Dublin - Ireland will be huge underdogs when they face Pakistan in their inaugural men's Test match at Malahide on Friday.
But several members of their squad already know what it's like to cause a huge upset against Pakistan, having played in the Ireland side that knocked the Asian giants out of the 2007 World Cup in the Caribbean with a stunning three-wicket win in Jamaica.
It was the stuff of fairytales with Ireland, a team of part-timers containing school teachers, farmers and postmen defeating the Asian giants - and on St Patrick's Day as well.
One of the few green-tinged pitches in the West Indies, and thereby reminiscent of surfaces at home in Ireland, was matched by fans wearing Irish green shirts in a jubilant crowd at Kingston's Sabina Park.
The fairytale soon became a nightmare, however, when Pakistan coach Bob Woolmer, the former England batsman who in his previous development role with the International Cricket Council had done much to raise the standard of non-Test nations, was found dead in his hotel room the next morning.
Ireland dismissed Pakistan for a meagre 132 with fast bowler Boyd Rankin - set to be involved in the Test - taking three wickets.
Ireland were soon 15 for two before an innings of 72 from Niall O'Brien, also in the Test squad, got them back on track before now-retired captain Trent Johnston won the match with a six off Azhar Mahmood.
"It was the start of something special," Johnston told The42.ie website. "The start of an amazing journey and a day when the rest of the world sat up and took notice of us as a cricketing nation."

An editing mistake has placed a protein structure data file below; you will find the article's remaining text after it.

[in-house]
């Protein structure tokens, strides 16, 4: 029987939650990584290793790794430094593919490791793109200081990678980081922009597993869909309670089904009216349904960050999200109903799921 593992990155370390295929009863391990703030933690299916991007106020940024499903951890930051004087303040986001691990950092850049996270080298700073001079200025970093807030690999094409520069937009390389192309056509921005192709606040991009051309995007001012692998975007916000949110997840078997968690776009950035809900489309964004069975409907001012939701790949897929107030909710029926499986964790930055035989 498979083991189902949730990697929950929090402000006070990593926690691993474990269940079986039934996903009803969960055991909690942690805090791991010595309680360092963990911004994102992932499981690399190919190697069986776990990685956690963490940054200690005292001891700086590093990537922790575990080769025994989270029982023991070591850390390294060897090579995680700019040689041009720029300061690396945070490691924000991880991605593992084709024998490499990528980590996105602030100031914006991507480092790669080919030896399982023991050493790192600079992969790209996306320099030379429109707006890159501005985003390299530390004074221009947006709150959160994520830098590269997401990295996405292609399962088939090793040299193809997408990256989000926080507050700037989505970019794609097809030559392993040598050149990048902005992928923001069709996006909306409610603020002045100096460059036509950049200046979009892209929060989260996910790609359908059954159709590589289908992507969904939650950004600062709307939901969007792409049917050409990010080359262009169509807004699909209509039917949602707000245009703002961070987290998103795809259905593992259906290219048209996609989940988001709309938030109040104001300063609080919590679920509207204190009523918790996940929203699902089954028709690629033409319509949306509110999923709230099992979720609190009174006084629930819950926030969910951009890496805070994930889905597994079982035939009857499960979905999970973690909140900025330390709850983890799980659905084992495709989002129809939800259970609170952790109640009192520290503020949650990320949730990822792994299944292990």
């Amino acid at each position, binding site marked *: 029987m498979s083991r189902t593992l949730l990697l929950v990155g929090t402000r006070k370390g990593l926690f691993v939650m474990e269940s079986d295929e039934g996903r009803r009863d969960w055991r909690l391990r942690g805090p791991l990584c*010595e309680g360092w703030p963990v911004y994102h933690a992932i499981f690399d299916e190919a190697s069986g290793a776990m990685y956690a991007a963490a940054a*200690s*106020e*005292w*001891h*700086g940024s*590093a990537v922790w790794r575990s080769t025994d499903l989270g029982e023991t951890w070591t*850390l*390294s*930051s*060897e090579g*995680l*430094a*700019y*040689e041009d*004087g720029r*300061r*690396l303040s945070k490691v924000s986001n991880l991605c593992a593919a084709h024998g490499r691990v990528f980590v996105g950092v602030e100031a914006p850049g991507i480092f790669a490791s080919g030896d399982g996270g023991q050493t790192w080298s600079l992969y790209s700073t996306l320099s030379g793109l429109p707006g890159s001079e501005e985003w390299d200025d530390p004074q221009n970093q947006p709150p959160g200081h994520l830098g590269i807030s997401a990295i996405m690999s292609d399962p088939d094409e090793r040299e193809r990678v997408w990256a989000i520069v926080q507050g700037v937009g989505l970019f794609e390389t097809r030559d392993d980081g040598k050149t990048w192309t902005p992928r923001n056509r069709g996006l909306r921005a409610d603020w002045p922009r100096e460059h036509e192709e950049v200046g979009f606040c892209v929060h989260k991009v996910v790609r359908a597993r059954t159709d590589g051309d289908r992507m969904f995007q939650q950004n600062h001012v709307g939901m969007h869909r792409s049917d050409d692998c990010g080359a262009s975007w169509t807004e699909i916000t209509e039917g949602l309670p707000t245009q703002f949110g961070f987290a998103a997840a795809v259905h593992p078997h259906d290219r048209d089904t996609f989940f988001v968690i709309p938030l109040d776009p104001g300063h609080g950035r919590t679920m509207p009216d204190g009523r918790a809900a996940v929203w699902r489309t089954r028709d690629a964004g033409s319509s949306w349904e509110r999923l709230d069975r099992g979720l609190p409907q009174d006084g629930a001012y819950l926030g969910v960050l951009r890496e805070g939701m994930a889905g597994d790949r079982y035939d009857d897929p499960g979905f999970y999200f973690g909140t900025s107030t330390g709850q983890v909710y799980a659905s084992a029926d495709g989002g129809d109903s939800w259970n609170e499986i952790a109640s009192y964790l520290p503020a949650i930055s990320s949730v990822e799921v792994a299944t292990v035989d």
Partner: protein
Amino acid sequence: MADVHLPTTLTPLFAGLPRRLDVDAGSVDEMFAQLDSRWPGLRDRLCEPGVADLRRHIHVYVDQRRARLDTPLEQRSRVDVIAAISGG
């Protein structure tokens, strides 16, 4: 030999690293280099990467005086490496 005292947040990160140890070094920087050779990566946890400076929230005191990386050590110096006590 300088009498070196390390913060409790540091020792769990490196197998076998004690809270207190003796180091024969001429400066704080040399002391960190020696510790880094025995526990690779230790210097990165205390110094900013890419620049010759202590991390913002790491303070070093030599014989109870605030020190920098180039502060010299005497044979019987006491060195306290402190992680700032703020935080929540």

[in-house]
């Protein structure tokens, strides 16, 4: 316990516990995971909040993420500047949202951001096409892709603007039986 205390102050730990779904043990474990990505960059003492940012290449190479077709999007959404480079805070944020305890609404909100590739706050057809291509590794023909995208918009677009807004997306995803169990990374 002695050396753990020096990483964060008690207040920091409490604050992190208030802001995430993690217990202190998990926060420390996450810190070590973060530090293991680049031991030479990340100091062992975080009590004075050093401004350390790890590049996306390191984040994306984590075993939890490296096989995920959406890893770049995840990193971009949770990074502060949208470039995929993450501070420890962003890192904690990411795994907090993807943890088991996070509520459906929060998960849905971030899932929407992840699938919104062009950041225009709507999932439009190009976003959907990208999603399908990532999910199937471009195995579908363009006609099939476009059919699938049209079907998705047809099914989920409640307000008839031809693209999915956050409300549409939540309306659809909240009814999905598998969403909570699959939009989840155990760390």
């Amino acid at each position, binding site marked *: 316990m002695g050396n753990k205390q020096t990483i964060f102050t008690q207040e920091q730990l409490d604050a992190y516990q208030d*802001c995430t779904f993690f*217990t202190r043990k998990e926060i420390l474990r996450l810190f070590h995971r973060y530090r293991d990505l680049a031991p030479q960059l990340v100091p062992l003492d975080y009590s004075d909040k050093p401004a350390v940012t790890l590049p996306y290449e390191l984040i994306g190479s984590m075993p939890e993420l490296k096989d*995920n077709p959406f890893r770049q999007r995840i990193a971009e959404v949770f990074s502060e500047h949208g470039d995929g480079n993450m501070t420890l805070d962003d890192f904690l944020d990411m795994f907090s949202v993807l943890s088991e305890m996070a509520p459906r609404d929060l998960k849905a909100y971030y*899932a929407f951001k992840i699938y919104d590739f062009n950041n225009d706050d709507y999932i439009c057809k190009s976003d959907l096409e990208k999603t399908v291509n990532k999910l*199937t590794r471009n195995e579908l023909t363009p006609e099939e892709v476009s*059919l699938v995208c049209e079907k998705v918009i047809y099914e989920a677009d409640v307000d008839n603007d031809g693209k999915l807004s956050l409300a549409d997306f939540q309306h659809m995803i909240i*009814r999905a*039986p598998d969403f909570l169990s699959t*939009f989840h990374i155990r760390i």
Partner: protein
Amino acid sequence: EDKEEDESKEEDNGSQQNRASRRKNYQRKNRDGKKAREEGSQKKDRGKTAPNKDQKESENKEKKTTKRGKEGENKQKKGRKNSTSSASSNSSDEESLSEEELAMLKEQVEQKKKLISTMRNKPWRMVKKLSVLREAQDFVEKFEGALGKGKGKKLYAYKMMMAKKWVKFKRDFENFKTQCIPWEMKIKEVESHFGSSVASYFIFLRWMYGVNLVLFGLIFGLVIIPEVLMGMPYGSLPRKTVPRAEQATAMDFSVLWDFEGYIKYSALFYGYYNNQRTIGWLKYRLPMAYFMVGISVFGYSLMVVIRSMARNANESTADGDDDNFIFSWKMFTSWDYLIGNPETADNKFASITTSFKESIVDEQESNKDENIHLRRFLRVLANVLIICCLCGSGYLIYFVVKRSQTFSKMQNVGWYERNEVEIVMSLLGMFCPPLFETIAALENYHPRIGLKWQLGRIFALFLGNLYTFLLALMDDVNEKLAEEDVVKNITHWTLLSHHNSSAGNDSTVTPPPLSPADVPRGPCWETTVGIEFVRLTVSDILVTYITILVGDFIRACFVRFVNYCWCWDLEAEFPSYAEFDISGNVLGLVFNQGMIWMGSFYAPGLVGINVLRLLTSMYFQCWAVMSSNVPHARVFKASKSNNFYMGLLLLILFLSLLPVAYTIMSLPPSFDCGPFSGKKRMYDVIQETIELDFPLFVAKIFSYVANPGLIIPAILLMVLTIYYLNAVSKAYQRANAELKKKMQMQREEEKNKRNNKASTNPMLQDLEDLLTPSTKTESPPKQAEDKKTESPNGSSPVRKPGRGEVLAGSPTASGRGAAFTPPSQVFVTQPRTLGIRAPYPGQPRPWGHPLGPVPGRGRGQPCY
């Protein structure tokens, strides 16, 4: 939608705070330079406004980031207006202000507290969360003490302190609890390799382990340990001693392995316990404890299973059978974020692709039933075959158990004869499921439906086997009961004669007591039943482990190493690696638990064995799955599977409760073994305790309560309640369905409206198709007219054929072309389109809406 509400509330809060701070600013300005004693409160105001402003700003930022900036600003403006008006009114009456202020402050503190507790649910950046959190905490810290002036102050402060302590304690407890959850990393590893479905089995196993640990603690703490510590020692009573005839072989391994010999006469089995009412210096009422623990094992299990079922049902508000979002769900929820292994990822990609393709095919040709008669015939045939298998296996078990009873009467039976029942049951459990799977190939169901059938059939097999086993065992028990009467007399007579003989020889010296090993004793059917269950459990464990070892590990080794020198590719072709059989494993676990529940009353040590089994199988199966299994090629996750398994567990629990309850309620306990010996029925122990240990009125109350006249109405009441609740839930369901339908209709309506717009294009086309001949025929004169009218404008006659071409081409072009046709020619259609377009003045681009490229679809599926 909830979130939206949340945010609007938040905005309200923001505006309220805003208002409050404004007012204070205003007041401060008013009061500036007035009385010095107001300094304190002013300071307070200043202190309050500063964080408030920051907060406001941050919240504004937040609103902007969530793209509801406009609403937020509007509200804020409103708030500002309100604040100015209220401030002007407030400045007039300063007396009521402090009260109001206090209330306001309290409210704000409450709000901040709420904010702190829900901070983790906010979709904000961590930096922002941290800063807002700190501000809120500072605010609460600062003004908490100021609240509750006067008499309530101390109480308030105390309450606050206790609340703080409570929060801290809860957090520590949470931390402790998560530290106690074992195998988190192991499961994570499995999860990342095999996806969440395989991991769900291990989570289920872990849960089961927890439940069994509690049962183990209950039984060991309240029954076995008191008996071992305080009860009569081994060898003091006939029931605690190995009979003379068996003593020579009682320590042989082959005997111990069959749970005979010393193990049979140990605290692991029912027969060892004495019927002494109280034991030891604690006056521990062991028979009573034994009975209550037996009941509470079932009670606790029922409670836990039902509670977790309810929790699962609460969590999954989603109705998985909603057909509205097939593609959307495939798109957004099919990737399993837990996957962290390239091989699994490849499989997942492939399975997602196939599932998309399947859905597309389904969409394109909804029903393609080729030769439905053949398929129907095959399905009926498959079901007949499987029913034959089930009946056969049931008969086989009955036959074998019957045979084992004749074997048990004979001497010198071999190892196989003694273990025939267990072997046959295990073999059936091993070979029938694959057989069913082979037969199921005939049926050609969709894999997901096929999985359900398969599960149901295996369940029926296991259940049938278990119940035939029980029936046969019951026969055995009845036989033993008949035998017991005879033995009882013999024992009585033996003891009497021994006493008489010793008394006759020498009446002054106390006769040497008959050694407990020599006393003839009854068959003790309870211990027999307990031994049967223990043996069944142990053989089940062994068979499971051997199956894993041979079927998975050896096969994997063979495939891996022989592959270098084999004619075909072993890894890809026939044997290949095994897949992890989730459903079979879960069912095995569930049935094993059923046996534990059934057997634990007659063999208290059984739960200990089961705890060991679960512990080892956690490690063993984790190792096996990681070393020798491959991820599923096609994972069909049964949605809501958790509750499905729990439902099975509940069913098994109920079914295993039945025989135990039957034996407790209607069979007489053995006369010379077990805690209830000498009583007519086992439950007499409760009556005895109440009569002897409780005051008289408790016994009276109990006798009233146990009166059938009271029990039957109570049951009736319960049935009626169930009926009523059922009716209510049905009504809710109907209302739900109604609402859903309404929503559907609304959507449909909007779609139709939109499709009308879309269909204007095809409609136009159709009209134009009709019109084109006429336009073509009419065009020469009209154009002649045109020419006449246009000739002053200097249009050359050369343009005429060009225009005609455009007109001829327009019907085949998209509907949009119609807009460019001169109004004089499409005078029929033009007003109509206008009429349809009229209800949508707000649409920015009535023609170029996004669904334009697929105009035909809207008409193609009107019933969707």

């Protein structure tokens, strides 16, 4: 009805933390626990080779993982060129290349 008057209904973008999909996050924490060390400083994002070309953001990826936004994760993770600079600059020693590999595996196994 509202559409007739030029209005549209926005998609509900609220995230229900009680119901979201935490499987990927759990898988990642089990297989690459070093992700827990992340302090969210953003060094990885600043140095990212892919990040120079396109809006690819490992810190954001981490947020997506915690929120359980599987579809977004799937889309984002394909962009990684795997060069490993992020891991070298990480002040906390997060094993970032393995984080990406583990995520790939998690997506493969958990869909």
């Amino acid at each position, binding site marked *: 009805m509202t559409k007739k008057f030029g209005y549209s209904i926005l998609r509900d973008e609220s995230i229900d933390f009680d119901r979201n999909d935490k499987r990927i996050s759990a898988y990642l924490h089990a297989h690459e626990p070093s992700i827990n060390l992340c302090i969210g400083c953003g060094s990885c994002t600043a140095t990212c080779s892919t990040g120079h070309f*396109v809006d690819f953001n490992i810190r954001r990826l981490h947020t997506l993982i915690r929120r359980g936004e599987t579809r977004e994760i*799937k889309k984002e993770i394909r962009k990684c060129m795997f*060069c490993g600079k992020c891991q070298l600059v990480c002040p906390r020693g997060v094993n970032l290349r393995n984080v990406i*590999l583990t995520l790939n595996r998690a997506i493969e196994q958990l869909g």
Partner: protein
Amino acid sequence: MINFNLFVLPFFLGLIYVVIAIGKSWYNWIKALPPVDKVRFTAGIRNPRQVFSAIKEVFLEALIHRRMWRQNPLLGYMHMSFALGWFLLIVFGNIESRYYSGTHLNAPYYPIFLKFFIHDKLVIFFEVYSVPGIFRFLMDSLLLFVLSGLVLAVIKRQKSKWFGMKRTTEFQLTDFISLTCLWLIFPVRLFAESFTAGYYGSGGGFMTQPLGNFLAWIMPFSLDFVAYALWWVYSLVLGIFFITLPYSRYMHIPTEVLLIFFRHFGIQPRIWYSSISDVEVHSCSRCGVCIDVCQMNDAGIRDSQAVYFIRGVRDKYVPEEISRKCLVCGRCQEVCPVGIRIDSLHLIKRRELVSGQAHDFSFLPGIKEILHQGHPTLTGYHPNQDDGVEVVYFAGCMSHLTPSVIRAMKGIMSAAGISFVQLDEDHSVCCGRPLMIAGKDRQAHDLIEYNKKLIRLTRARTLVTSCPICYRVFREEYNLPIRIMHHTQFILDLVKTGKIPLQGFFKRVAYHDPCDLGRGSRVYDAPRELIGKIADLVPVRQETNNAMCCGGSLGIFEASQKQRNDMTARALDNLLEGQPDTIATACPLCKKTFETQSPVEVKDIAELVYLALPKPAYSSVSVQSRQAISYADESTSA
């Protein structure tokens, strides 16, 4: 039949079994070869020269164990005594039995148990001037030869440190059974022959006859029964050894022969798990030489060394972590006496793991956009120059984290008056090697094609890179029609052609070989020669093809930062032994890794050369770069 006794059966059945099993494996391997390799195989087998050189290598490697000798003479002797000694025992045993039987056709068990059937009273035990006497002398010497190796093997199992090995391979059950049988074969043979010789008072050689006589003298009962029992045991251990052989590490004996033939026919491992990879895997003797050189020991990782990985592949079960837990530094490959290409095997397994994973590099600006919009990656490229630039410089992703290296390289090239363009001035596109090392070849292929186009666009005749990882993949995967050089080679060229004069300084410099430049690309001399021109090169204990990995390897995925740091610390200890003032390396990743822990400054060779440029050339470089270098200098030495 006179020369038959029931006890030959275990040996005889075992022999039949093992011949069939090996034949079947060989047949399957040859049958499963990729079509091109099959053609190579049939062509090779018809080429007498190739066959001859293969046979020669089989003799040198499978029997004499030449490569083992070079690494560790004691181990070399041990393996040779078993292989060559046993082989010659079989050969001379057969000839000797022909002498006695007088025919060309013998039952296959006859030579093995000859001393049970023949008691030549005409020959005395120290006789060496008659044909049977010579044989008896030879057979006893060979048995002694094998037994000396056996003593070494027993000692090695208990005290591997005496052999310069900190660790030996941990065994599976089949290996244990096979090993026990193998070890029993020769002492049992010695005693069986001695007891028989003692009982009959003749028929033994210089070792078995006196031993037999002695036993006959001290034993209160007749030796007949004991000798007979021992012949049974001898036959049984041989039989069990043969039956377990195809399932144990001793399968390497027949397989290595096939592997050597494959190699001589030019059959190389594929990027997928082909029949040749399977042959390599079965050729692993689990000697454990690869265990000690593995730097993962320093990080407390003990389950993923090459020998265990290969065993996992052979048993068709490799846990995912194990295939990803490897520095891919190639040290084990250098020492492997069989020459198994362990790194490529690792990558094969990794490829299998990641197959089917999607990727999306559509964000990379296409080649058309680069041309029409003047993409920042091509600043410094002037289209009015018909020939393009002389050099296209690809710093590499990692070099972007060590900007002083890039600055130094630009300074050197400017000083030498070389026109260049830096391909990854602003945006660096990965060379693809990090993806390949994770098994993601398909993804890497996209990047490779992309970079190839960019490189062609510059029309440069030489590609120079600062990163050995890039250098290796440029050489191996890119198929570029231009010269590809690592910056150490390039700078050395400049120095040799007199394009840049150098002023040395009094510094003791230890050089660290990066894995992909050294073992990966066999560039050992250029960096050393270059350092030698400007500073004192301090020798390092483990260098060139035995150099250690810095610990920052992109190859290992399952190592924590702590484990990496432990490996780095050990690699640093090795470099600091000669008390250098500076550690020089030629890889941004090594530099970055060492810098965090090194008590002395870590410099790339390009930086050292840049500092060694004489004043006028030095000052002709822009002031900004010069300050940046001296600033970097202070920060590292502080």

Ireland's victory came just 48 hours after they had exceeded many people's expectations by playing out a tie with another Test side in Zimbabwe.
"I was lucky I won that toss," said Johnston, who was also rightly proud of the "bloody good cricket," Ireland played against Pakistan.
"We were a bunch of amateurs going to a World Cup and we had absolutely nothing to lose," he added.
Irish joy was quickly tempered by widespread mourning for Woolmer, whose sudden death gave rise to a host of wild conspiracy theories.
Although no one knew it at the time, Ireland's win perversely damaged the cause of aspiring cricket nations.
Pakistan and arch-rivals India were both knocked out in the first round, a huge blow to organisers banking on their fans to pack out grounds later on, as well as broadcasters who had paid heavily for television rights in the subcontinent.
The ICC, as much a club for its leading members as a global governing body, soon decided a repeat had to be avoided at all costs.
That outlook has led to next year's World Cup in England being shrunk to a 10-team event, with an all-play-all group stage.
Ireland, however, will not be there after missing out in a 10-team qualifying tournament where only Afghanistan and the West Indies made it through to the finals.